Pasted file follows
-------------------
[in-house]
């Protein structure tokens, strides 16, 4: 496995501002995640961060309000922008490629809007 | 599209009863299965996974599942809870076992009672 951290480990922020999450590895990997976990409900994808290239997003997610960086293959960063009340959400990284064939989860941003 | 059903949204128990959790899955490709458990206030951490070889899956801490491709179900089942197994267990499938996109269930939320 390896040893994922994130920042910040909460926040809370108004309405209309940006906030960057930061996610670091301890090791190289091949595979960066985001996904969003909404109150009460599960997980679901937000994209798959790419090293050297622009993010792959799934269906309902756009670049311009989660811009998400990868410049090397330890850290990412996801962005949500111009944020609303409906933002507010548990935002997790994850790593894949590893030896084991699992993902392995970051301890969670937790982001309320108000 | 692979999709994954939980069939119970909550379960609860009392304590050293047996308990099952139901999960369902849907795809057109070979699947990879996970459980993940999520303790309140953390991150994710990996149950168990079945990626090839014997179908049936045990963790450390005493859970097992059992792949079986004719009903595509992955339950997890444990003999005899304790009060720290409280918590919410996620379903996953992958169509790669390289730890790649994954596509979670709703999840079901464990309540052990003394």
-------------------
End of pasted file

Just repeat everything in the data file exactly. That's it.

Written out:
[in-house]
């Protein structure tokens, strides 16, 4: 496995501002995640961060309000922008490629809007 | 599209009863299965996974599942809870076992009672 951290480990922020999450590895990997976990409900994808290239997003997610960086293959960063009340959400990284064939989860941003 | 059903949204128990959790899955490709458990206030951490070889899956801490491709179900089942197994267990499938996109269930939320 390896040893994922994130920042910040909460926040809370108004309405209309940006906030960057930061996610670091301890090791190289091949595979960066985001996904969003909404109150009460599960997980679901937000994209798959790419090293050297622009993010792959799934269906309902756009670049311009989660811009998400990868410049090397330890850290990412996801962005949500111009944020609303409906933002507010548990935002997790994850790593894949590893030896084991699992993902392995970051301890969670937790982001309320108000 | 692979999709994954939980069939119970909550379960609860009392304590050293047996308990099952139901999960369902849907795809057109070979699947990879996970459980993940999520303790309140953390991150994710990996149950168990079945990626090839014997179908049936045990963790450390005493859970097992059992792949079986004719009903595509992955339950997890444990003999005899304790009060720290409280918590919410996620379903996953992958169509790669390289730890790649994954596509979670709703999840079901464990309540052990003394």